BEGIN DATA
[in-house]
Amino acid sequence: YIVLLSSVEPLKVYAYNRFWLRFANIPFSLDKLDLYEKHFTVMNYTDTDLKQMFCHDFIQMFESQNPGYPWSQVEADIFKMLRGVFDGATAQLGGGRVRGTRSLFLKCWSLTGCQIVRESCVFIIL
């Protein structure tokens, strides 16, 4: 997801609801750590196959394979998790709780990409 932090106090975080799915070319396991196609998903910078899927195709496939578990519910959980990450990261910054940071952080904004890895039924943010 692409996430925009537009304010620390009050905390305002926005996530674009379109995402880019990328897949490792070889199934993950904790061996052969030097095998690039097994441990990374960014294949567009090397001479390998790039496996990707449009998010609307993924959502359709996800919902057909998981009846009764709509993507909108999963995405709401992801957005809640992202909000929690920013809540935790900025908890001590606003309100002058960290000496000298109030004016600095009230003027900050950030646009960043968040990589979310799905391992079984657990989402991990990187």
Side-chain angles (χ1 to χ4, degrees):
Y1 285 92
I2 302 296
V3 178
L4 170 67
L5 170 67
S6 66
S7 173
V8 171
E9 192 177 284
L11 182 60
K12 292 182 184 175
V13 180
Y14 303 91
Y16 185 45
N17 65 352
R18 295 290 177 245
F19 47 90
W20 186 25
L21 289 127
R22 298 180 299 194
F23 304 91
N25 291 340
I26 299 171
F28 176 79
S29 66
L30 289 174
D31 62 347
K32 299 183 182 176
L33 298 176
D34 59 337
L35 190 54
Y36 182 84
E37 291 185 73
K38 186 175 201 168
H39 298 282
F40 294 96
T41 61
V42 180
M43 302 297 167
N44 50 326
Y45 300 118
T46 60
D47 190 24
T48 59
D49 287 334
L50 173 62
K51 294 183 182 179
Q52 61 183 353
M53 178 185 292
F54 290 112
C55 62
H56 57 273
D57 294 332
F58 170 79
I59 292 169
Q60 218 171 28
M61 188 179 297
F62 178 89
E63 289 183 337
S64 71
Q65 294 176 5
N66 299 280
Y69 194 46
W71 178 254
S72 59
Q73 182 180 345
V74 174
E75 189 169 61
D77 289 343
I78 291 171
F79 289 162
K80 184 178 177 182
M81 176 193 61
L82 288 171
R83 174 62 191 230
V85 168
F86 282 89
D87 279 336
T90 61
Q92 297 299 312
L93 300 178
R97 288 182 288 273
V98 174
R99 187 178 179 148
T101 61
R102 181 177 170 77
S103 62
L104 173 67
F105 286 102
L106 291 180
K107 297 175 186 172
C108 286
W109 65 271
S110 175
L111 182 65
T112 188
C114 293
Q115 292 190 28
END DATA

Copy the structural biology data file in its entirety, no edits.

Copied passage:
[in-house]
Amino acid sequence: YIVLLSSVEPLKVYAYNRFWLRFANIPFSLDKLDLYEKHFTVMNYTDTDLKQMFCHDFIQMFESQNPGYPWSQVEADIFKMLRGVFDGATAQLGGGRVRGTRSLFLKCWSLTGCQIVRESCVFIIL
């Protein structure tokens, strides 16, 4: 997801609801750590196959394979998790709780990409 932090106090975080799915070319396991196609998903910078899927195709496939578990519910959980990450990261910054940071952080904004890895039924943010 692409996430925009537009304010620390009050905390305002926005996530674009379109995402880019990328897949490792070889199934993950904790061996052969030097095998690039097994441990990374960014294949567009090397001479390998790039496996990707449009998010609307993924959502359709996800919902057909998981009846009764709509993507909108999963995405709401992801957005809640992202909000929690920013809540935790900025908890001590606003309100002058960290000496000298109030004016600095009230003027900050950030646009960043968040990589979310799905391992079984657990989402991990990187």
Side-chain angles (χ1 to χ4, degrees):
Y1 285 92
I2 302 296
V3 178
L4 170 67
L5 170 67
S6 66
S7 173
V8 171
E9 192 177 284
L11 182 60
K12 292 182 184 175
V13 180
Y14 303 91
Y16 185 45
N17 65 352
R18 295 290 177 245
F19 47 90
W20 186 25
L21 289 127
R22 298 180 299 194
F23 304 91
N25 291 340
I26 299 171
F28 176 79
S29 66
L30 289 174
D31 62 347
K32 299 183 182 176
L33 298 176
D34 59 337
L35 190 54
Y36 182 84
E37 291 185 73
K38 186 175 201 168
H39 298 282
F40 294 96
T41 61
V42 180
M43 302 297 167
N44 50 326
Y45 300 118
T46 60
D47 190 24
T48 59
D49 287 334
L50 173 62
K51 294 183 182 179
Q52 61 183 353
M53 178 185 292
F54 290 112
C55 62
H56 57 273
D57 294 332
F58 170 79
I59 292 169
Q60 218 171 28
M61 188 179 297
F62 178 89
E63 289 183 337
S64 71
Q65 294 176 5
N66 299 280
Y69 194 46
W71 178 254
S72 59
Q73 182 180 345
V74 174
E75 189 169 61
D77 289 343
I78 291 171
F79 289 162
K80 184 178 177 182
M81 176 193 61
L82 288 171
R83 174 62 191 230
V85 168
F86 282 89
D87 279 336
T90 61
Q92 297 299 312
L93 300 178
R97 288 182 288 273
V98 174
R99 187 178 179 148
T101 61
R102 181 177 170 77
S103 62
L104 173 67
F105 286 102
L106 291 180
K107 297 175 186 172
C108 286
W109 65 271
S110 175
L111 182 65
T112 188
C114 293
Q115 292 190 28